I hadn’t planned on writing about “The Homesman,” but it wouldn’t let me go. When I first saw the Western — directed, co-written by, and co-starring Tommy Lee Jones — last week at Sundance Cinemas, I walked out of the theater not sure how I felt about it. The jumble of tones, the ambiguity of the performances, the jarring plot turns, and above all the stubborn refusal to play by the rules of the Western — I just wasn’t sure what to make of it. I’m glad I didn’t have to turn around a review for the next morning.
But “The Homesman” has stuck with me, and over the last few days my thoughts have formed into an appreciation for this strange and sad movie. Today (Tuesday) is its last day at Sundance, as it makes way for the new “Hobbit” movie, so this article likely won’t do you much good. But I still highly recommend you seek it out somehow.
Jones has always carried himself with an air of contrarian cantankerousness, and in his films he literally goes the opposite direction from anybody else. In his debut as a filmmaker, the sublime “The Three Burials of Melquiades Estrada,” Jones painted a sympathetic portrait of the immigrants flooding into his native Texas from Mexico by going the opposite way, telling the story of two Americans who escort a dead Mexican friend from Texas back across the border to bury him in Mexico.
Similarly, “The Homesman” is a Western that heads east. Mary Bee Cutty (Hilary Swank) is a tough, good-hearted pioneer woman in Nebraska who has agreed to take three women back east to Iowa. No two ways about it — the frontier has broken these women, driven them insane by hunger, abusive husbands, children dying of disease. It’s an unsettling glimpse into the underside of the pioneering American spirit — for every one who makes their fortune in the untamed frontier and gets a street named after them, there are many more who fall by the wayside, broken and used up.
Although Mary seems to have adjusted to the rigors of the frontier life, there are signs that she is not too far behind these women. Unmarried, she hides a deep well of loneliness beneath her flinty exterior. In an extraordinarily controlled performance, Swank just breaks your heart. In an early scene, she makes dinner for a neighboring farmer, then proposes the idea of marriage — extolling not her own feelings or desires, but the financial benefits of the arrangement. The farmer, no prize, turns her down flat, calling her “bossy” and “plain.” That is Mary’s prize for being a woman able to survive in such a harsh world — to be denigrated and cast aside for doing so.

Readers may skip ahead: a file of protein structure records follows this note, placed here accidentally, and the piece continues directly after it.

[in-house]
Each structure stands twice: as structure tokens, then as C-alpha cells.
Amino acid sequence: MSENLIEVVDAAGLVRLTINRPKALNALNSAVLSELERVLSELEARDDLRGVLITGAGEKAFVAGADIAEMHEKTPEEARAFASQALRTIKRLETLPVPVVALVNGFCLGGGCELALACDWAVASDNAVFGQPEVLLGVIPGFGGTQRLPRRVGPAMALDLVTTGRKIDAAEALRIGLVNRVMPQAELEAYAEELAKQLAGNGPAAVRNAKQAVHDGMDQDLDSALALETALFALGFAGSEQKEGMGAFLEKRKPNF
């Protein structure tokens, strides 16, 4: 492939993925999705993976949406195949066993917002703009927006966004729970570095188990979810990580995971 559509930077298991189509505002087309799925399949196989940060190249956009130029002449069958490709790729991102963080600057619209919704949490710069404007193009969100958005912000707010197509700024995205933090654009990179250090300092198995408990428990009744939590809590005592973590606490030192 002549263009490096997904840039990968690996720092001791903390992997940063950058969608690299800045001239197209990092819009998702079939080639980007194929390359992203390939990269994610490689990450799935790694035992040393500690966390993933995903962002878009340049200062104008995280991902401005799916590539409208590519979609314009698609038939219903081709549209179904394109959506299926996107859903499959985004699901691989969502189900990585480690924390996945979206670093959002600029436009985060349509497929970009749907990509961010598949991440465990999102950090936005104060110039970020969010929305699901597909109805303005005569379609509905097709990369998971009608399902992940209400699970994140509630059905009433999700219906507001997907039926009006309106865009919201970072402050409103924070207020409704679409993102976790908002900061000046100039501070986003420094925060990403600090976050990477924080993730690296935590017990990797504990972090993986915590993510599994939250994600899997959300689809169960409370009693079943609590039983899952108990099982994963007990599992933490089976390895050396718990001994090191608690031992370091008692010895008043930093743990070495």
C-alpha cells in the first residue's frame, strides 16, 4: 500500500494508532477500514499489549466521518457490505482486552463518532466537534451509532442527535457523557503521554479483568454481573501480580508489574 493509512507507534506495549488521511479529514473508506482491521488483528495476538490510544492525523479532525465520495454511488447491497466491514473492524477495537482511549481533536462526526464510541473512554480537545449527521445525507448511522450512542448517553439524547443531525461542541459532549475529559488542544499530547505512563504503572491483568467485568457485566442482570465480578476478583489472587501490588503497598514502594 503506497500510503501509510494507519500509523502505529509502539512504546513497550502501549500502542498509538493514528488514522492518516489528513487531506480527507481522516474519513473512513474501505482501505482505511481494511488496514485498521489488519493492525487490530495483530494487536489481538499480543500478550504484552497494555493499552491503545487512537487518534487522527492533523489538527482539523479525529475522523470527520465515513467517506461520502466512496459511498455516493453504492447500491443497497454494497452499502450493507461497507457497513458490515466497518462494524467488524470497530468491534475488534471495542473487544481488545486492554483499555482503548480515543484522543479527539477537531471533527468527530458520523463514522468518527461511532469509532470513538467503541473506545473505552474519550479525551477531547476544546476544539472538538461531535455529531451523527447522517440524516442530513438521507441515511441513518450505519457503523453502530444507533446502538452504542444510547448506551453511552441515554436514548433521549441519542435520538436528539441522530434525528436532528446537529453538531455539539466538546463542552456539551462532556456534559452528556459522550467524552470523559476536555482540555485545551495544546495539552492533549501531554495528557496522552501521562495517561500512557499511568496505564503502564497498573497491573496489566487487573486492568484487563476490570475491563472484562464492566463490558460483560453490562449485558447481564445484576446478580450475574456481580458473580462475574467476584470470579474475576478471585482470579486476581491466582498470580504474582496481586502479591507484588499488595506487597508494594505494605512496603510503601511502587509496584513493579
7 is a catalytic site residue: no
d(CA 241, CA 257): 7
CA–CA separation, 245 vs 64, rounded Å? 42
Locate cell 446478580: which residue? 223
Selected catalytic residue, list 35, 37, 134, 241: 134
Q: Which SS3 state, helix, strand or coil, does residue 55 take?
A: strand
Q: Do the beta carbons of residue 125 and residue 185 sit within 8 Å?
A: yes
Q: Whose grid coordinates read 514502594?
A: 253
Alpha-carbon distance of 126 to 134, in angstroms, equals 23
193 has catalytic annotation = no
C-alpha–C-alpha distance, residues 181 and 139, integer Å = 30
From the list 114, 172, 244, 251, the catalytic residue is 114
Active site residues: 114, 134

So Mary is not leaving much behind when she agrees to take the women east. Along the way, she hires a drifter, George Briggs (Jones), to help her. A cheerfully unsentimental sort, George sees nothing noble in their pilgrimage east to help the women — “There’s $300, and that’s it,” he tells Mary. The harsh landscape, often just a thin line on the horizon separating one shade of gray from the other, seems to echo George’s pitiless worldview rather than Mary’s Christian spirit.
We assume that, over the long and arduous journey, Mary and George will face hardships and dangers, and a bond will grow between them. They do indeed face dangers including Tim Blake Nelson as a grinning killer (the movie is packed with great character actors in small, juicy roles). And a wary respect is fostered between George and Mary, even if they’ll never quite see eye-to-eye.
And then their relationship completely shifts in an instant, in a way that is both shocking and, in retrospect, understandable and probably inevitable. I won’t reveal what happens, but it is the sort of shift that makes you completely re-evaluate the characters and their relationship to each other, and yours to them.
It’s a daring move in any sort of movie, but in a Western, a genre that often adheres to some strict archetypal rules, it’s extremely jarring. But Jones isn’t interested in making a movie about archetypes; he’s making a movie about people.
And people can surprise you. “The Homesman” certainly surprised me, and still haunts me.